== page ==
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Hi I'm Jason

I'm a Scouter, husband, father, brother, son, aviation enthusiat, paintballer and I'm a Mormon.

About Me

I grew up in South Texas near a naval base which gave a great back drop to enduring the "joys" of the world. After high school, I attended the US Air Force Academy for a year and a half when I decided to come home to help my family after a vehicle accident over Christmas break. I later served my mission in Brasil Manuas Mission (covered the Brasilian states of Amazonas, Rondonia, Roraima and Acre; lots of space). Upon my return I attended BYU for about a year where I met my wife. We met, were engaged three weeks later and then, three months after that, married in the Orlando Florida Temple. I finished up school at Utah Valley State College with intention to commission into the Air Force. Plans changed and dreams of a military commission were set aside. My family later moved to the mid-West where we have raised our children and my community involvement has only increased. I continue to be heavily involved in the Boy Scouts of America as a Unit, District and Council level volunteer. I help lead the local chapter of my paintball team in various events that include community volunteering (we may love to play paintball, but we are all also part of a community). When I am actually at home, I enjoy hearing the stories my kids share about each other and the various activities they do at home. Since they are home-schooled, they have many stories about what they personally learned and it makes me excited to see their excitement about learning for their own future.

Why I am a Mormon

I grew up in the Church of Jesus Christ of Latter-day Saints. Some would say that I had an easy life in the church because I grew up in it. That I don't understand what a convert goes through to gain their testimony. To that I would say, "Then you really don't know what conversion is." I grew up in the church, but my testimony was based off my parents and most of my friends didn't believe that I was a Mormon. I had a testimony of the Prophet Joseph Smith, the Book of Mormon, the Atonement of Jesus Christ and the Church of Jesus Christ of Latter-day Saints. But, it was my parents' testimony. Not mine. I left on my mission thinking that testimony was my own only to discover that I was regurgitating their words. They weren't mine. I had to find my own testimony. During a study session of the Book of Mormon, the words that Christ spoke in Jerusalem and in the Americas struck me harder than they had ever before: "That other sheep I have which are not of this fold; them also I must bring, and they shall hear my voice; and there shall be one fold, and one shepherd." No matter how distant from our Savior and Heavenly Father we may be, he will go as far as necessary to gather us together to Him. His love is that limitless that He, our eldest spirit brother would suffer the Atonement so that he can gather us together with him in our Heavenly Father's presence. That love is what was spoken of to me once (and I didn't understand it at the time) and it was that love that solidified my testimony of the Savior, his living prophets and the work he gives them in order to guide us back to him.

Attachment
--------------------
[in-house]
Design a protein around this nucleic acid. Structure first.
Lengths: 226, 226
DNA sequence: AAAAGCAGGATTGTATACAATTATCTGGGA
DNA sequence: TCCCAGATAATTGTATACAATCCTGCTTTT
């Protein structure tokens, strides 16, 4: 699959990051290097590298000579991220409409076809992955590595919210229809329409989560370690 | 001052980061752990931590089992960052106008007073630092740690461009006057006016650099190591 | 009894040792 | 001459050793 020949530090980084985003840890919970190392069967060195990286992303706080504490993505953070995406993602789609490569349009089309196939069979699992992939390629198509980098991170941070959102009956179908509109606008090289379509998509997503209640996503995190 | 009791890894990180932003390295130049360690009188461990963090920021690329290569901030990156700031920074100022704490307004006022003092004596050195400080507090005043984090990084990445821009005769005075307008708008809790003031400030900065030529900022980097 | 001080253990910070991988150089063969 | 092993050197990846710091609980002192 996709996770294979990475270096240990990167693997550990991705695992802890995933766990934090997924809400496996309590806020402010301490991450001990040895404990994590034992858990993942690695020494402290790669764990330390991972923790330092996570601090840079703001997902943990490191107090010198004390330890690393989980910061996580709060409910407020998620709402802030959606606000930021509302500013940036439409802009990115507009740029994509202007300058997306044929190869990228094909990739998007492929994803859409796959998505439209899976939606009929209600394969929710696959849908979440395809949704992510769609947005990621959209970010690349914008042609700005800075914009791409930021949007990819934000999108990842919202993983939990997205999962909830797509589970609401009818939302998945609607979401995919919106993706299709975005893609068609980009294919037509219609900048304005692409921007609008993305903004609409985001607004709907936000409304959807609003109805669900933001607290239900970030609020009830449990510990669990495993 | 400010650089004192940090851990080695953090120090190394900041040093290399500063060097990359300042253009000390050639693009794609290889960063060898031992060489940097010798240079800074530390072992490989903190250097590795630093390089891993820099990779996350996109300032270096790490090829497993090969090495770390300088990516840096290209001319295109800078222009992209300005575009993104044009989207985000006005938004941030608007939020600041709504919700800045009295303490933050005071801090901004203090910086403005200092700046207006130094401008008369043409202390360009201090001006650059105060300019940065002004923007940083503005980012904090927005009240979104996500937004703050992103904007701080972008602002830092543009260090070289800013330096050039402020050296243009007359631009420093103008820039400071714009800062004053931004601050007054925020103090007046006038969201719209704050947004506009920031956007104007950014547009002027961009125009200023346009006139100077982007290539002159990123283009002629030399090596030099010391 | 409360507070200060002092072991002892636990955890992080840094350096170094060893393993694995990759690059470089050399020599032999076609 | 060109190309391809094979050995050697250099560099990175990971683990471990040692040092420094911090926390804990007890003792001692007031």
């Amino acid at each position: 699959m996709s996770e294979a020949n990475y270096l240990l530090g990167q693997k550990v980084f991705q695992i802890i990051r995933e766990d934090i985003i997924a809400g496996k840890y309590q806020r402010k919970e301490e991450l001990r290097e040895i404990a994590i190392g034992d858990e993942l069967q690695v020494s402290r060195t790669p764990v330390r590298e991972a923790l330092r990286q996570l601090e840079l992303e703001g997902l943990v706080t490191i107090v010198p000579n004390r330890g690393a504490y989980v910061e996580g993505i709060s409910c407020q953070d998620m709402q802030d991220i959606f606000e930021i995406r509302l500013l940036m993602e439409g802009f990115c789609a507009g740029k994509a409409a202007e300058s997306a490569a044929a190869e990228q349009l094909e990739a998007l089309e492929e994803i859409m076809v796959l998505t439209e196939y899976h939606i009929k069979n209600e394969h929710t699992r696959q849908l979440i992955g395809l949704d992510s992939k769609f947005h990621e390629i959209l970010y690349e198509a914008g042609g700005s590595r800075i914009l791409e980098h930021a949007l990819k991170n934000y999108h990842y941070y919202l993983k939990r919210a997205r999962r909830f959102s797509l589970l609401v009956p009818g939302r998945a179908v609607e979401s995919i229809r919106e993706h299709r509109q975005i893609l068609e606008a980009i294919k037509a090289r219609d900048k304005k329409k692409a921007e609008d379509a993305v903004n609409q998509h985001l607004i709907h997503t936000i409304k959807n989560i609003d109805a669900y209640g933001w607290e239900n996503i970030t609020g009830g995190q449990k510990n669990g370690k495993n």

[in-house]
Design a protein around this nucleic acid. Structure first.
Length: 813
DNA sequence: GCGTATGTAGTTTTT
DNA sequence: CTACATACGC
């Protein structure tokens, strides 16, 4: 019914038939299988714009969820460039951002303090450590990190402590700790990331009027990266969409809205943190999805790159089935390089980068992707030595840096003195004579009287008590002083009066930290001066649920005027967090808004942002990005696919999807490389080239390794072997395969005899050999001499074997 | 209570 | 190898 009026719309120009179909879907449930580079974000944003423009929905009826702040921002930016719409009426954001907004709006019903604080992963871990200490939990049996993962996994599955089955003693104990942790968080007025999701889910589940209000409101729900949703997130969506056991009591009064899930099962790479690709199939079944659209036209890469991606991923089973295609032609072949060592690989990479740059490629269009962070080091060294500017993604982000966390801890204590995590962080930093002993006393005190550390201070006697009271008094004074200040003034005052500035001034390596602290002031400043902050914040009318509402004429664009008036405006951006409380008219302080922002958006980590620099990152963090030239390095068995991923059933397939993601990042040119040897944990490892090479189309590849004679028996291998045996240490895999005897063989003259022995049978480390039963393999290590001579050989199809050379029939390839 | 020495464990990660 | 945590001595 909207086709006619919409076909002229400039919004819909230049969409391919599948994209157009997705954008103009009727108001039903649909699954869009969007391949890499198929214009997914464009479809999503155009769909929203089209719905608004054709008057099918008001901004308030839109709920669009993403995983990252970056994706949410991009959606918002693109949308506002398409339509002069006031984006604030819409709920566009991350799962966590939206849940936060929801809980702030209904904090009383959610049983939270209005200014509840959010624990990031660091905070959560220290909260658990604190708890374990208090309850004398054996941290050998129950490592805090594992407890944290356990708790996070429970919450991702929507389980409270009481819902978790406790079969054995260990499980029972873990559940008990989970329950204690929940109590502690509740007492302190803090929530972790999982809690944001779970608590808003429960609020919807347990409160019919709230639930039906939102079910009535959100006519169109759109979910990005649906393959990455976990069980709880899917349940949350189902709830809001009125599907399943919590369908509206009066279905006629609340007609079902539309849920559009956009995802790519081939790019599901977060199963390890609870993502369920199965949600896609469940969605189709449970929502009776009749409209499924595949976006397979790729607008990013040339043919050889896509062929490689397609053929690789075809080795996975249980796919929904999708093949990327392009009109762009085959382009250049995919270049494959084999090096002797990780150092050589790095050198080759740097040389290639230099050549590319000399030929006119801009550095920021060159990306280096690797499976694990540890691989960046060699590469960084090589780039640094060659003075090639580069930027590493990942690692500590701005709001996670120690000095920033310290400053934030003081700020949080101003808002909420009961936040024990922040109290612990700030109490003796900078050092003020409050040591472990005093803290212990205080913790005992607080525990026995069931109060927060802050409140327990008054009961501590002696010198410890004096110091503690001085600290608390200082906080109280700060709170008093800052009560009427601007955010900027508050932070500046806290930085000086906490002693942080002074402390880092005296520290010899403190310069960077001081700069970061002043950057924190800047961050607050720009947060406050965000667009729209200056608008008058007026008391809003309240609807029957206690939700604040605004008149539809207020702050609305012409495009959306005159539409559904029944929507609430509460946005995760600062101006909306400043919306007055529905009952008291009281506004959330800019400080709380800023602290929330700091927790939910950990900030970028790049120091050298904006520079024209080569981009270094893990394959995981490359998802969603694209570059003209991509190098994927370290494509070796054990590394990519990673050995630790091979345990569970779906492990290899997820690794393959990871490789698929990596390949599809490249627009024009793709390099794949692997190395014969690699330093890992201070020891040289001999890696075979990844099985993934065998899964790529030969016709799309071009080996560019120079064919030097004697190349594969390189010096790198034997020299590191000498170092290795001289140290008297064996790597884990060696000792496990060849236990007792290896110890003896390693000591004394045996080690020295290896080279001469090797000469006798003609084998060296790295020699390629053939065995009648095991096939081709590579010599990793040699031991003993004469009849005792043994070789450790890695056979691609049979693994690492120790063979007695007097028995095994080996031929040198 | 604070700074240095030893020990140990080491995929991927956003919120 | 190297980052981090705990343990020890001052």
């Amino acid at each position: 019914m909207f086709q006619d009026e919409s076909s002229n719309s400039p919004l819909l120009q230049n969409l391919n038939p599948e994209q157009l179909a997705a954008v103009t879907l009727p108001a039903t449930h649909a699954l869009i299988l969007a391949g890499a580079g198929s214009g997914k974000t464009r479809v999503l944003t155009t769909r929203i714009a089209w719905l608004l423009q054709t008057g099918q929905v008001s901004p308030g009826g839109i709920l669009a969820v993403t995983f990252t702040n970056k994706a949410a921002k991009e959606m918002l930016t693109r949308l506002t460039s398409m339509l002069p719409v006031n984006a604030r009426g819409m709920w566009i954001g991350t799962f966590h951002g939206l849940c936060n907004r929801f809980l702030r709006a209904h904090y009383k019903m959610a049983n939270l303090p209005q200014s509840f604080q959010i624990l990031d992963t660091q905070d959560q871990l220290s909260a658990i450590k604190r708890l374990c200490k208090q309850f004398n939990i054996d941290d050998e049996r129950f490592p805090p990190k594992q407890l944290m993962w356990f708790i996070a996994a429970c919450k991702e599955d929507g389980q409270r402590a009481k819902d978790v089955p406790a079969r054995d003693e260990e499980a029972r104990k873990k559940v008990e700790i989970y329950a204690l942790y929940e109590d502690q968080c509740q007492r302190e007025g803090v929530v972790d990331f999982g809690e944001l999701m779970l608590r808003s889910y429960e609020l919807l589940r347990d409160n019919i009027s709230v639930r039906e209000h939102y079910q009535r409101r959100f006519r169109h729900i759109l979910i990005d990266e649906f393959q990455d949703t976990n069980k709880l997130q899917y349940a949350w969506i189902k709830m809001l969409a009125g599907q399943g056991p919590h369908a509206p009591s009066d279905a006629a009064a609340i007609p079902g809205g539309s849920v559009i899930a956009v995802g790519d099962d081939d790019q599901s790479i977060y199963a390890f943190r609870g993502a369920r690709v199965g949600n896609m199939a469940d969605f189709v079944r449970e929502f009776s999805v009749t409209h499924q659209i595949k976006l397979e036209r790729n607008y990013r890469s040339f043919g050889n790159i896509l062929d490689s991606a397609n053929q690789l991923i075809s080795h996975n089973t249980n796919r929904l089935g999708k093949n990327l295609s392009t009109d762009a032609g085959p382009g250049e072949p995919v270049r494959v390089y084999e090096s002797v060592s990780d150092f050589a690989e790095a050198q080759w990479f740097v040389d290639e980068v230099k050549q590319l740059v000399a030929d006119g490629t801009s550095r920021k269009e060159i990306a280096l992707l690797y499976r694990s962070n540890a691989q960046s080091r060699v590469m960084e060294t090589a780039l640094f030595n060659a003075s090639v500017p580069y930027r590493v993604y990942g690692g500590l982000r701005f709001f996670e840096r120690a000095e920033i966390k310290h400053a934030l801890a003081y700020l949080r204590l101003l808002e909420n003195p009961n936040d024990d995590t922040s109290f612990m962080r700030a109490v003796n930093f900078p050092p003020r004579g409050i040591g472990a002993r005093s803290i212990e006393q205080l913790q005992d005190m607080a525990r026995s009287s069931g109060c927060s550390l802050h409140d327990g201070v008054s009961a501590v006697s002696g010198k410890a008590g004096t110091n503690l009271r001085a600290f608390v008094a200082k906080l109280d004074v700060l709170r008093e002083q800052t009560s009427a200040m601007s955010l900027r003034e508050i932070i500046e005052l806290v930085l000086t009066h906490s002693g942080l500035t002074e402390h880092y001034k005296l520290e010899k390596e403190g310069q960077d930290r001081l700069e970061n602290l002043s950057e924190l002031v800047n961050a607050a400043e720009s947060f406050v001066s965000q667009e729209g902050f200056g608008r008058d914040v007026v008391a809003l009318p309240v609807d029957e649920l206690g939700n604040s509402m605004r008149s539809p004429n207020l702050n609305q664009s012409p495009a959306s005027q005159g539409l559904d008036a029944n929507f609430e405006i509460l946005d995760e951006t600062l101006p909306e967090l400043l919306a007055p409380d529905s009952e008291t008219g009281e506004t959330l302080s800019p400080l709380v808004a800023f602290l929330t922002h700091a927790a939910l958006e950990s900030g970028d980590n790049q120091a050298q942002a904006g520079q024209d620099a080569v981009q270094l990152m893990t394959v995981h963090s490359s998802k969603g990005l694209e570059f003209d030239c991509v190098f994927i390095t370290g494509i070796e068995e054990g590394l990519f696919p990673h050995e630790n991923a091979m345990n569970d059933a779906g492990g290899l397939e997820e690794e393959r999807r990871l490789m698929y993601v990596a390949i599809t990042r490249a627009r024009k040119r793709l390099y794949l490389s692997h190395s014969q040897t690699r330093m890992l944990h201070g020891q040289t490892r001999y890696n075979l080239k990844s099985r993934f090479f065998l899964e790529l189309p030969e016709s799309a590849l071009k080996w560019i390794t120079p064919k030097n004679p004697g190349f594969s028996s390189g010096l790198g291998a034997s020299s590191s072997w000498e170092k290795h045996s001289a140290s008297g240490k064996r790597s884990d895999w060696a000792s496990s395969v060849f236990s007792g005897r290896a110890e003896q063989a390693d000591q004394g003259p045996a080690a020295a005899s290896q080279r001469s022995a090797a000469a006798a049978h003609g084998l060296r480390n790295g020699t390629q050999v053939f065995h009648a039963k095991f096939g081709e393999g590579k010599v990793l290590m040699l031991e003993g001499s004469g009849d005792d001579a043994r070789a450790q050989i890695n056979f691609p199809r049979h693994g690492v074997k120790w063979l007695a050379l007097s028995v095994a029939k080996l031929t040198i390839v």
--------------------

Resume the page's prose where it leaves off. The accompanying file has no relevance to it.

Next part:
How I live my faith

I have been active in Boy Scouts since the age of 8 (except for the years that I was at the Air Force Academy and serving my mission in Brasil). Since I have been married, I have been constantly involved in Scouting on various levels. Service projects for my scouts are monthly with additional projects done through my paintball team. When I am not serving, my example is before all my friends. Being on an international paintball team can be a challenge as you meet players from all over the world. Each has their own idea of how to live life. But that doesn't mean that I reduce my standards to theirs. Instead, I keep mine without being forceful about my standards and still manage find a large group of people to hang out with. We share common interests and before long they are seeing the difference in me without me saying anything. This was something that I learned to do while serving as a missionary. I learned early in my life as a young boy that others will see the Light of Christ in you if you strive to live the life that Christ lived. If you want others to share in the blessings of the life you live by following Christ with everything you got, then put in 100% and let the Light of Christ do the rest. As a missionary, that was truly what made me love the country within a matter of months. It's what gives me the ability now to be who I am despite the company around me that may not be the ideal. It's what gives me the strength to push on despite the challenges. So when I go visit families, friends or even start chatting with a stranger in the store, I can feel genuine joy that I want to share. Joy that can't be hidden, but radiates out for everyone to see. It's just there.

What is the Mormon lifestyle like? How do Mormons live?

Jason
For the most part, you may not realize that you have a Mormon living next to you except for the regular Sunday departures in nice clothes for a few hours, perhaps the occasional appearance of LDS missionaries as they are fed in the members' homes and the abstinence from other common indulgences such as drinking, swearing, smoking and certain kinds of conversations. Most people recognize there is something different about me. But it is not until they start asking questions that they start to realize that Mormons are just like everyone else (for the most part). There is nothing weird about them. But they do strive to live meaningful lives with God as a integral part of it. Mormons will still do most of the activities that are available in their communities: 5k or 13.1-mi runs, sports leagues (within reason), rock climbing, etc. We enjoy being a part of our community and participating in it. Show more Show less